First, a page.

|A Triple Alliance
The New York Times, 13 February, 2004
13 February 2004
This engrossing exhibition of paintings, drawings and prints by Giorgio de Chirico, Francis Picabia and Andy Warhol would make any museum proud. At the same time, most museums could have fine-tuned it a bit, having the clout to obtain, for example, a classic metaphysical de Chirico of a train or arcaded piazza and somewhat better late Warhols.
But let's not quibble. The show, organized over the last two years by Gian Enzo Sperone, is a delightful visual smorgasbord that weaves a veritable cat's cradle of connections and coincidences among three of Modernism's most stand-offish overachievers. Its subject is the aging artistic imagination that, looking back over its achievements, strikes out for new territory and finds comfort in unlikely places, usually to the chagrin of early admirers.
Perhaps none was more chagrined than André Breton, who had hailed the Italian artist de Chirico as the pivotal figure of Surrealism. When de Chirico's style changed in the early 1920's Breton not only excommunicated him but may also have been responsible for many of the replicas of early de Chiricos that the artist was often excoriated for making. The small de Chiricos from the late 1920's and 30's show his attention to the old masters and to semi-classical themes, but their forthrightly luscious paint handling has a distinctly modern air.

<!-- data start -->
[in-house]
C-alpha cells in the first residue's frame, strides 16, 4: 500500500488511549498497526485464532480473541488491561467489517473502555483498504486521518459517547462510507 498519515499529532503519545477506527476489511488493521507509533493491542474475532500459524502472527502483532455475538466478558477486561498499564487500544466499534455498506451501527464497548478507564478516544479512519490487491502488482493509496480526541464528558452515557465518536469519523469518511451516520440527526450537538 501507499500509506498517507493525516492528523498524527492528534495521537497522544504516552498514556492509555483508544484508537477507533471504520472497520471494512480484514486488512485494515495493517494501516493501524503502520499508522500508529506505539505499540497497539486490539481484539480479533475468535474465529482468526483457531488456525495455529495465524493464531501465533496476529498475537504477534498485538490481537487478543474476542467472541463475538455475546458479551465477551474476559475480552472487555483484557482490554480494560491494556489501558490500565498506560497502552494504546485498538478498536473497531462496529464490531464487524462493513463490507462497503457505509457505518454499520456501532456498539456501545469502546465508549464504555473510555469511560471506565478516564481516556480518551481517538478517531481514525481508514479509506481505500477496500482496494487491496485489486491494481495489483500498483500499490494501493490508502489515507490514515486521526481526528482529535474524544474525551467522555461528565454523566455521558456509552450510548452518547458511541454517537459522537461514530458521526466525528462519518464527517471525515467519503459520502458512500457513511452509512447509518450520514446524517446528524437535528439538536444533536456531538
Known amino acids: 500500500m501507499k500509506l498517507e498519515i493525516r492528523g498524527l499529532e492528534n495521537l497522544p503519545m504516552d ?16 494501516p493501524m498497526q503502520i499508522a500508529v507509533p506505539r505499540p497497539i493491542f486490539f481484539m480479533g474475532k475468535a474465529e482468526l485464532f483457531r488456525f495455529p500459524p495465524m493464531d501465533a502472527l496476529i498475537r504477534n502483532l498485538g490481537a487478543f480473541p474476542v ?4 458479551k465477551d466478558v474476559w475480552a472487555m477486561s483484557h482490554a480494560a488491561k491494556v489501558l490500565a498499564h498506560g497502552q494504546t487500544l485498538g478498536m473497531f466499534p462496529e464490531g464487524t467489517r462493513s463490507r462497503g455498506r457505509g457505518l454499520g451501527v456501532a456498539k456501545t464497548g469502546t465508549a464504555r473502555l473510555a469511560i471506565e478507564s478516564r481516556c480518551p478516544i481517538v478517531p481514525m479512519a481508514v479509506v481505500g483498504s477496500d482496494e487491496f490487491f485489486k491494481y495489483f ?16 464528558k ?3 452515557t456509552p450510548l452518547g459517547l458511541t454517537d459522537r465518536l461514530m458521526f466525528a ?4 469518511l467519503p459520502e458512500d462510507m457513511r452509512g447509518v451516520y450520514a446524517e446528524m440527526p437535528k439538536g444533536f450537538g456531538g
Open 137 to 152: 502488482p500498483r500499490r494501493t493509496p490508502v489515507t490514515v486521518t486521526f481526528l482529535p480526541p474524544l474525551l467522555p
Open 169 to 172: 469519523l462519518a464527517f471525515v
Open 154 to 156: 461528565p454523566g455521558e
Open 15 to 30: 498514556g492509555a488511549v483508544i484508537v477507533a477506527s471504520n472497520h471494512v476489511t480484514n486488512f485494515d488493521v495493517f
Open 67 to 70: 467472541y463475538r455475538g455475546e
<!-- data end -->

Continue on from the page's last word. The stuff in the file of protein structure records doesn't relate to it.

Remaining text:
Picabia's figurative works from the mid-1920's onward were also seen as betraying his early originality, the magnificently fleshy yet mechanized Cubist paintings. But in the late 1970's and early 80's these works, which fluctuated tauntingly between academicism and commercial illustration, started to inspire artists like Sigmar Polke, David Salle and Julian Schnabel. Picabia's penchant for piling figures into elegant linear tangles was especially influential, and this exhibition underscores the success of that tactic in his later abstract work.
It is not clear whether Warhol betrayed his early efforts so much as simply diluting them, although a black painting of multiple Marilyn Monroes, shown in negative instead of positive, offers a mysteriously effective reversal of one of his signature motifs. And it is of more than passing interest that some of Warhol's best late paintings were based on some of de Chirico's most famous
The show is wonderfully amplified by generous amounts of snapshots and portrait photographs of the show's subjects. In addition to the occasional social encounter (Warhol and de Chirico, captured side by side at a party in Rome in 1972), these reveal a shared penchant for aggressively cultivated
We see images of Picabia, the seeming playboy, in his outsize roadsters; Warhol mingling with his celebrities; and the sad, imperious de Chirico sulking around his studio in his enormous robe, like the dethroned king that in some ways he was. Between the art and the personalities, this is an